The Loaves & Fishes Hospitality House in New Milford has a proud history of providing hot meals on a daily basis for those down on their luck.

Loaves & Fishes officials also have admirable goals for the future, including expanded services that would make life better for its dozens of guests.

The big challenge, however, is finding a new home that would allow Loaves & Fishes sufficient space to provide those services to the town's neediest residents.

It will take a good chunk of cash, as well as cooperation from several sources, for Loaves & Fishes to move out of its longtime quarters in the town-owned Richmond Citizen Center on Main Street and into its own building.

The New Milford community has been supportive of Loaves & Fishes over its nearly three decades of existence, and we encourage townspeople to do all they can to help the group continue to help others.

There are two motivating forces behind the planned move from the Richmond Citizen Center.

For Loaves & Fishes, there is the desire to have a much bigger space, which could serve not only as a soup kitchen but as a hospitality house that would provide other services. And the reality is there is a significant ongoing need in New Milford to reach out to the low-income and poverty-stricken individuals who live there.

For the town's part, there is the desire to see Loaves & Fishes move out of the Richmond building, partly because the town needs the space for other uses and partly because there are reportedly complaints from patrons of the Senior Center upstairs from the soup kitchen about the behavior of some of the guests at Loaves & Fishes.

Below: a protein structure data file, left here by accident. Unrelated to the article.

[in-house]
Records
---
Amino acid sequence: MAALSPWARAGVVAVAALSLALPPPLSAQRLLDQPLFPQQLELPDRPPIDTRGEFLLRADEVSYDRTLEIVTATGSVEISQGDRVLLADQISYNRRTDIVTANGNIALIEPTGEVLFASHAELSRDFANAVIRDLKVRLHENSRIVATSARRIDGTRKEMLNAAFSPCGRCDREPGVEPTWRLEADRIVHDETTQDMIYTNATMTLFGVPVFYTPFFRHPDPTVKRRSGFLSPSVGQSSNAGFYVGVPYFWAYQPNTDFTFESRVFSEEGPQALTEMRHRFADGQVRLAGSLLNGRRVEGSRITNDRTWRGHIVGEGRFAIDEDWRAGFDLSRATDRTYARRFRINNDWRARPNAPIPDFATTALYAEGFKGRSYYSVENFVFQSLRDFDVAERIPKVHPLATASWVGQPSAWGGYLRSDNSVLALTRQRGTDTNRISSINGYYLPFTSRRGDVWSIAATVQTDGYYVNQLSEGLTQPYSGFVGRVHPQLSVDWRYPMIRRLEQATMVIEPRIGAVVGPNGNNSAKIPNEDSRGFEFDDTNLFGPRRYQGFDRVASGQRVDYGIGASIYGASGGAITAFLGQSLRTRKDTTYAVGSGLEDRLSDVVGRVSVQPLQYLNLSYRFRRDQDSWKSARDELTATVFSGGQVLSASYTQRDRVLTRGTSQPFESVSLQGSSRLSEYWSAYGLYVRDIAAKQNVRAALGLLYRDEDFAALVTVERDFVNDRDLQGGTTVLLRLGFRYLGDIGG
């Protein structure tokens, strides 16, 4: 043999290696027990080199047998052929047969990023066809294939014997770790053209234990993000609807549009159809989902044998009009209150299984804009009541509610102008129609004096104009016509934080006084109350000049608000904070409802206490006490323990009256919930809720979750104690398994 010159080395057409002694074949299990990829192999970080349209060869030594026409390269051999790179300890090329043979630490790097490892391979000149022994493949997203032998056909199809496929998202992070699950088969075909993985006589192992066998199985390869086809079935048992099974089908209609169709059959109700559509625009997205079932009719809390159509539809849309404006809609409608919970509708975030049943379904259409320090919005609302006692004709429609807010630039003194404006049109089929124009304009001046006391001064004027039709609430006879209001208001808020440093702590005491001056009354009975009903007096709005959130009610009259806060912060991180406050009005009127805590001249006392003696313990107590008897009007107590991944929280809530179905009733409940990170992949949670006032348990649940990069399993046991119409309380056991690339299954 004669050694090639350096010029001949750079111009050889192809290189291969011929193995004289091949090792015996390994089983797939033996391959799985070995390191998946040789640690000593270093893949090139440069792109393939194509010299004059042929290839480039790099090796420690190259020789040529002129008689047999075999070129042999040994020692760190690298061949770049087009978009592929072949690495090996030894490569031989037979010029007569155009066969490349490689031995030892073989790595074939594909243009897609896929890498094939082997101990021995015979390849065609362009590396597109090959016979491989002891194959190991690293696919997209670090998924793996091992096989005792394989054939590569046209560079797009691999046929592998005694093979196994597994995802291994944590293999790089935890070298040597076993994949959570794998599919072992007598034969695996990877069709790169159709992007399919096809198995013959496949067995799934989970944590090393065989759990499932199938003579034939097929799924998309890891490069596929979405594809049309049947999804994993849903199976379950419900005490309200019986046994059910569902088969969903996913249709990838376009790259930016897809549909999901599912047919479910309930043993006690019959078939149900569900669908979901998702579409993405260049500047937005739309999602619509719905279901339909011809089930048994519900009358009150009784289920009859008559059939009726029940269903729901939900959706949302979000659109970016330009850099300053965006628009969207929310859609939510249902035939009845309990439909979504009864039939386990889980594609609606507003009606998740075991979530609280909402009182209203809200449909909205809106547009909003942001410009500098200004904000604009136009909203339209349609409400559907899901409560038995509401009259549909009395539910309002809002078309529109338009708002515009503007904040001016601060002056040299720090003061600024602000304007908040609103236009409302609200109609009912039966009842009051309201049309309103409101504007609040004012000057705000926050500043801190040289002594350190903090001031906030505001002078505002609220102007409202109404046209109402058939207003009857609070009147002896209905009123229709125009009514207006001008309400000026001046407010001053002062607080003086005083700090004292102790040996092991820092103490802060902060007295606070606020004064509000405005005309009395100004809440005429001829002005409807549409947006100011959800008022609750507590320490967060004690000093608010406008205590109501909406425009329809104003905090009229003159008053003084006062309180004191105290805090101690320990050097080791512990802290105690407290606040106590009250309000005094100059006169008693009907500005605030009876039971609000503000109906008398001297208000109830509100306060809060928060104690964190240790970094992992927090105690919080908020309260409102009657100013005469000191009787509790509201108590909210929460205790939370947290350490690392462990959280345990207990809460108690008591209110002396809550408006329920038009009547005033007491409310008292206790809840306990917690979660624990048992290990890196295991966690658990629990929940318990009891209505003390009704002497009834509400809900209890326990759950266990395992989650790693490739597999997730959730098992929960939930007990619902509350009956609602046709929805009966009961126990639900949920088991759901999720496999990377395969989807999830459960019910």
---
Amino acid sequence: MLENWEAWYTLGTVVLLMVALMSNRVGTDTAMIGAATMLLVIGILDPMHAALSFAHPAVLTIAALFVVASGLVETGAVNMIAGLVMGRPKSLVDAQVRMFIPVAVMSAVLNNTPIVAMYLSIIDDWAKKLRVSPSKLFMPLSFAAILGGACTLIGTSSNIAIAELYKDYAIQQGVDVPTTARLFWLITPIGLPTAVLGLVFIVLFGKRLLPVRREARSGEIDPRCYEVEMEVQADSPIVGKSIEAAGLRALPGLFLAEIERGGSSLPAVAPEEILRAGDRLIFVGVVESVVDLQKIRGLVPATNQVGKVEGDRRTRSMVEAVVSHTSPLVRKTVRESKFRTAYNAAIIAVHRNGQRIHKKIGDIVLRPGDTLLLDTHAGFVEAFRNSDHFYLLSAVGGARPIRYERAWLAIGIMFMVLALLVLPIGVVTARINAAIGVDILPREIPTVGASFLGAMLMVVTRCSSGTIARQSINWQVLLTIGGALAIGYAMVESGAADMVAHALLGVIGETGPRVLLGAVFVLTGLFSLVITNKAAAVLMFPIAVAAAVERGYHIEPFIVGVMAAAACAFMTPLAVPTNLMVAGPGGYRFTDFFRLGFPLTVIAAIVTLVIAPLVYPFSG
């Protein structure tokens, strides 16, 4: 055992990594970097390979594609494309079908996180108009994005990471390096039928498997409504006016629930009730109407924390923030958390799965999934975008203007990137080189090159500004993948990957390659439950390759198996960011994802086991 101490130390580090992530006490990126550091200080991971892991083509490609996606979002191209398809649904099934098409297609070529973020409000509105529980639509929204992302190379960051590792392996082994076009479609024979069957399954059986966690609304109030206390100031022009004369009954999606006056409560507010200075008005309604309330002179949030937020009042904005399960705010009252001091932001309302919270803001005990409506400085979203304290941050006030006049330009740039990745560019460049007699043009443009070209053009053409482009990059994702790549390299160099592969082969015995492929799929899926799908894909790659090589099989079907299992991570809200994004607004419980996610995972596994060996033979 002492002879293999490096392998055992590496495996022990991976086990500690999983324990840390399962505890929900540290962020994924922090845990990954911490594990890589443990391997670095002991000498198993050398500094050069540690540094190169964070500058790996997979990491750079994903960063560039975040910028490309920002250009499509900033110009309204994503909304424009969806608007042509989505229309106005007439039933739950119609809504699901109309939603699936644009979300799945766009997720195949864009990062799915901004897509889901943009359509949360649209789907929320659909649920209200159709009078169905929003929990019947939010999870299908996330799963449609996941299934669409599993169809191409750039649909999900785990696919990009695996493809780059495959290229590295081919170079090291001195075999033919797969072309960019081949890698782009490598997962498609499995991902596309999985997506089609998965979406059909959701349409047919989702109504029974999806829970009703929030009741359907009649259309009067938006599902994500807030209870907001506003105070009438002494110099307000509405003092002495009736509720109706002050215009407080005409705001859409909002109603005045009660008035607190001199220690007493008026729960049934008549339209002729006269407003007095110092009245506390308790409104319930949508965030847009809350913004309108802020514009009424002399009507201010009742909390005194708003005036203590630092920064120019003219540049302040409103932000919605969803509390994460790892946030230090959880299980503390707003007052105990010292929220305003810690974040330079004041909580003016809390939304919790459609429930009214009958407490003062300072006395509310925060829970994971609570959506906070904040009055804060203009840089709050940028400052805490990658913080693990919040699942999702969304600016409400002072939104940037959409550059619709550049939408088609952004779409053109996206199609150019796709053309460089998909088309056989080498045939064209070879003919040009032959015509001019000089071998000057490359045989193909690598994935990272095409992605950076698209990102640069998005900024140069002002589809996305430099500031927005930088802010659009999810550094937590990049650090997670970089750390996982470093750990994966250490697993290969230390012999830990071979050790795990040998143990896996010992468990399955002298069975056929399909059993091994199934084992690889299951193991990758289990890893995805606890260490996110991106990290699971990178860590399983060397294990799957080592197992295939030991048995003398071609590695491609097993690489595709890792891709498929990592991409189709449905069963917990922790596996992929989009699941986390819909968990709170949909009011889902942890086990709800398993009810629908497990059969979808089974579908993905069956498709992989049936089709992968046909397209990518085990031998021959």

The town has been a good landlord for Loaves & Fishes for nearly 25 years, charging just $1 a year for a lease and picking up the tab for maintenance and utilities.

But there are a number of folks in the government and the business community, including Mayor Pat Murphy, who would like to see Loaves & Fishes move out of the center of town. They view the soup kitchen as a magnet for individuals -- including some homeless people -- whose presence on the streets is considered a detriment to having a successful village center.

The mayor has proposed relocating Loaves & Fishes to Faith Church on Route 7, six miles from the downtown near the Brookfield town line, and Faith Church has said it would be glad to host the soup kitchen.

That suggestion has justifiably been rejected by Loaves & Fishes, for myriad reasons, including the reality that a hospitality house needs to be near its base of clients, which is the center of town.

The good news is that a recent meeting involving the mayor, Loaves & Fishes and other officials cleared the air on some issues, and there is less tension among the interested parties these days.

But Loaves & Fishes is still under pressure to find a new home as quickly as possible, and the organization's president, Lisa Martin, and her colleagues are focusing hard on that quest, which they say will include a capital fundraising campaign.

Martin said this week the group is looking for a one-story building of about 5,000 square feet in a business zone "within walking distance of the downtown."

If Loaves & Fishes can find such a home, it would serve not only as a place for serving meals for the hungry but as a drop-in center for the homeless and a site where a counselor would be available to help people in a variety of ways.

The goal, Martin said, is to "nourish the soul as well as the belly."

We strongly encourage New Milford officials, the business community and townspeople to help Loaves & Fishes achieve that laudable goal.